Monday, November 2, 2015

Monday's Poetry: "After Apple-Picking"

by Pa Rock
Poetry Appreciator

It's November again - already.  Time for elections, Thanksgiving dinners and parades, and the last of the summer harvests.  We had our first frost this past week, an event that always makes me think of gathering in the fruits of summer and storing them for the long winter hiatus, the time when the earth lies cold and dormant peacefully awaiting the resurgence of life in the spring.

My harvests, such as they were, are over.  Yesterday as I mowed the leaves in the front yard, I snapped a few small tomatoes off of the dying plant and enjoyed those as I pushed the mower through the brown and yellow leaves.  What the frost has not yet killed, it soon will.

In today's poem, "After Apple-Picking" by Robert Frost, the farmer uses his skills as a poet to relate the apple harvest and his personal need for a long sleep.  Mr. Frost describes the apples by their appearance, touch, smell, sound, and taste.  He even shares what it feels like to stand long hours on a ladder.  He is a man consumed by the work he has just performed - in every sense of the word.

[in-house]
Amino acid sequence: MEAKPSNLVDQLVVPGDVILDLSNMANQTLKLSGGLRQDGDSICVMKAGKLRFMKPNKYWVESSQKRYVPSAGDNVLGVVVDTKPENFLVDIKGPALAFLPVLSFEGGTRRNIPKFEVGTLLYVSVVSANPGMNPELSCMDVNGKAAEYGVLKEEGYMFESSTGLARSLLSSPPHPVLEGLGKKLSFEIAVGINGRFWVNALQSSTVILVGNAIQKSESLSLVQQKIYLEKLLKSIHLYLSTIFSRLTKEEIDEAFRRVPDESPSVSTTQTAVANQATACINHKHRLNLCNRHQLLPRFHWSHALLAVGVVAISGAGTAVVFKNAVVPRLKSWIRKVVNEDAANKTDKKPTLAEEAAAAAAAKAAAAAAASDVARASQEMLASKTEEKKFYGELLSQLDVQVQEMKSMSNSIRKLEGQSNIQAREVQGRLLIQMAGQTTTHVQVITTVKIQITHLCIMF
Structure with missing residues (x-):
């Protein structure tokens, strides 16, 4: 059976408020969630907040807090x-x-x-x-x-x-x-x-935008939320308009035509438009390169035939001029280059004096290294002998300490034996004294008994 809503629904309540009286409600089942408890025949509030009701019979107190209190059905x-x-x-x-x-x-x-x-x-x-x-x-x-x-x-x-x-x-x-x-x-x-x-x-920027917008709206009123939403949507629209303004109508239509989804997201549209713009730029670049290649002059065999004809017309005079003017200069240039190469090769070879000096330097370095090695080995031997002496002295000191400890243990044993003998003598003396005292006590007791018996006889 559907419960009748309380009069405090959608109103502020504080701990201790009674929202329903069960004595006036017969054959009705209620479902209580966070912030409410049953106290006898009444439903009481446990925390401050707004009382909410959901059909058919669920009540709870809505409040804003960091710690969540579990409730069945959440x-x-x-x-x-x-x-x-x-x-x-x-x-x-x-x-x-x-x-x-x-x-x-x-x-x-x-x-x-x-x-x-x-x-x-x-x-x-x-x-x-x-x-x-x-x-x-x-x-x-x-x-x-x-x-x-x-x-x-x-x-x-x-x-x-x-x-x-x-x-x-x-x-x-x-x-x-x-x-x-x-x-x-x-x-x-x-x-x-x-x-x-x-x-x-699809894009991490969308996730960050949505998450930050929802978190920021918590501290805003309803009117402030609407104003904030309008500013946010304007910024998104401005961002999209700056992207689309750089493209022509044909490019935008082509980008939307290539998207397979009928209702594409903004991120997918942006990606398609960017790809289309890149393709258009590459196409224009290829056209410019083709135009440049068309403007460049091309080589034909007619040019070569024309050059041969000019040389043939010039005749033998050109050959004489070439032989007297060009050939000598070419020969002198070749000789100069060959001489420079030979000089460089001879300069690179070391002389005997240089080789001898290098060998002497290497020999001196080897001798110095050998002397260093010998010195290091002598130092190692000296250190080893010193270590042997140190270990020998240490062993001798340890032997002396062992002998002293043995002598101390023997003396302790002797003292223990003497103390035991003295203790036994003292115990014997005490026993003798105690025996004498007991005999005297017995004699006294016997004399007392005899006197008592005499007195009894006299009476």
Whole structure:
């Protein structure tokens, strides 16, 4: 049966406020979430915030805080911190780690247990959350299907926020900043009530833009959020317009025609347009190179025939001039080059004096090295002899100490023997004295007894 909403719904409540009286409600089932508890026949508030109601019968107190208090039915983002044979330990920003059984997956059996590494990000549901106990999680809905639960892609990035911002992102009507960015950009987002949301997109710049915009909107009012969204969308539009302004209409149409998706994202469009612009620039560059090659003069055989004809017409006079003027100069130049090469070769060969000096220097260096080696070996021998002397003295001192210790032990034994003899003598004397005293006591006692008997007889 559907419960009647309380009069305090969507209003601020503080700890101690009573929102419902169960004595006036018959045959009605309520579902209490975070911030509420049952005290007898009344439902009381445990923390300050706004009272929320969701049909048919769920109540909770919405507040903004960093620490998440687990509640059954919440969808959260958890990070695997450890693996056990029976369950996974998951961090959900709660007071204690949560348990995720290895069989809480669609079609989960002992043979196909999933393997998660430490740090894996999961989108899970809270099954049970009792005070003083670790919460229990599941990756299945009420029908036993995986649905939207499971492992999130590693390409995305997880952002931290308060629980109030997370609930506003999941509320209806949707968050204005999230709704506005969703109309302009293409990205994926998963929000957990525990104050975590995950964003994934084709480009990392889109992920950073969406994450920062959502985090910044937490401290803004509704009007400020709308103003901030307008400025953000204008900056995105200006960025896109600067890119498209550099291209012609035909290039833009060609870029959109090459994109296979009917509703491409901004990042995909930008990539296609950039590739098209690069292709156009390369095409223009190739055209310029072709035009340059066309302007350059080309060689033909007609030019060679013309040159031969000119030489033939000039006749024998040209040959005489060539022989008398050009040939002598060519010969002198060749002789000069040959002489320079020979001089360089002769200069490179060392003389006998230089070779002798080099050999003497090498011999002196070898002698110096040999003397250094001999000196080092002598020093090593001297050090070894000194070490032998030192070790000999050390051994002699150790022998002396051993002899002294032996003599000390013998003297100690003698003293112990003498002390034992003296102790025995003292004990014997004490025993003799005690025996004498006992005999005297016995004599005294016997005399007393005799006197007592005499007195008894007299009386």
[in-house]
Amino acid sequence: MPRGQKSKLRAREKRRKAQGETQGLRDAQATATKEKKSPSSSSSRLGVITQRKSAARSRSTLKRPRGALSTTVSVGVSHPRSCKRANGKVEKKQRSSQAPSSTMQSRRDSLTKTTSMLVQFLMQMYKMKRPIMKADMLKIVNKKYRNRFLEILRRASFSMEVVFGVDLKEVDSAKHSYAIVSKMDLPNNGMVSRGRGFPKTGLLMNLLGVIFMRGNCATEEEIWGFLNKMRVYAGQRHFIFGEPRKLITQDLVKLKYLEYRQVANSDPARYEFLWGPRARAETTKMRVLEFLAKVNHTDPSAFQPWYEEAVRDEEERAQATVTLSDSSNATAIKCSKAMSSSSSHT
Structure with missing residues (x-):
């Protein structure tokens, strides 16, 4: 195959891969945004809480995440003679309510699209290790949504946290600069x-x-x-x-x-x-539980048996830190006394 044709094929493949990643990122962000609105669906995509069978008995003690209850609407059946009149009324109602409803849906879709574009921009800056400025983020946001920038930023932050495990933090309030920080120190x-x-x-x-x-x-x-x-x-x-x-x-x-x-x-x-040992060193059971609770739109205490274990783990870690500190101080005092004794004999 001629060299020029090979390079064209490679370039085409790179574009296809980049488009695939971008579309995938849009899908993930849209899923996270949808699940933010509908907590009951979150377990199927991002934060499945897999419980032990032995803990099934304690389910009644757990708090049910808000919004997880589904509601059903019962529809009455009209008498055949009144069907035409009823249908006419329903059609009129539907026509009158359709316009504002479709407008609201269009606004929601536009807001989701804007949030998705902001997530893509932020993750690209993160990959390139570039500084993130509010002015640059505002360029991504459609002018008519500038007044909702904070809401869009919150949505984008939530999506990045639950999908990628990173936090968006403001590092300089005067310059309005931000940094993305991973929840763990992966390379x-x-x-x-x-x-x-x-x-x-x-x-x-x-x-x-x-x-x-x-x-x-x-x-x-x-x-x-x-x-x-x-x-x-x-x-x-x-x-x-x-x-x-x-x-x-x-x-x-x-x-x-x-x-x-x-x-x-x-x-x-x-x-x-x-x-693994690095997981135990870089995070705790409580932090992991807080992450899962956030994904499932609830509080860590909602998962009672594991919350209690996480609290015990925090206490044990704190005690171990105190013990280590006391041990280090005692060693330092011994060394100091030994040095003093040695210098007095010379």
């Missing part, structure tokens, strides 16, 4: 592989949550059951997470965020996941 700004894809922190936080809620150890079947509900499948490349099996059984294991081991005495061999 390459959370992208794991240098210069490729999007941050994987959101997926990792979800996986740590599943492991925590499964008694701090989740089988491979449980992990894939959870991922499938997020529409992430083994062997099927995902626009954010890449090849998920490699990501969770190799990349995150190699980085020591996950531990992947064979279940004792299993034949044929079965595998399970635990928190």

Pick your apples and then rest.  That's the way of work - and of life.

After Apple-Picking
by Robert Frost

My long two-pointed ladder's sticking through a tree
Toward heaven still,
And there's a barrel that I didn't fill
Beside it, and there may be two or three
Apples I didn't pick upon some bough.
But I am done with apple-picking now.
Essence of winter sleep is on the night,
The scent of apples:  I am drowsing off.
I cannot rub the strangeness from my sight
I got from looking through a pane of glass
I skimmed this morning from the drinking trough
And held against the world of hoary grass.
It melted, and I let it fall and break.
But I was well
Upon my way to sleep before it fell.
And I could tell
What form my dreaming was about to take.
Magnified apples appear and disappear, 
Stem and blossom end.
And every fleck of russet showing clear.
My instep arch not only keeps the ache.
It keeps the pressure of the ladder-round.
I feel the ladder sway as the boughs bend.
And I keep hearing from the cellar bin
The rumbling sound
Of load on load of apples coming in.
For I have had too much
Of apple-picking:  I am overtired
Of the great harvest I myself desired.
There were ten thousand thousand fruit to touch.
Cherish in hand, lift down, and not let fall.
For all
That struck the earth,
No matter if bruised or spiked with stubble,
Went surely to the cider-apple heap
As of no worth.
One can see what will trouble
This sleep of mine, whatever sleep it is.
Were not he gone,
The woodchuck could say whether it's like his
Long sleep, as I describe its coming on,
Or just some human sleep.

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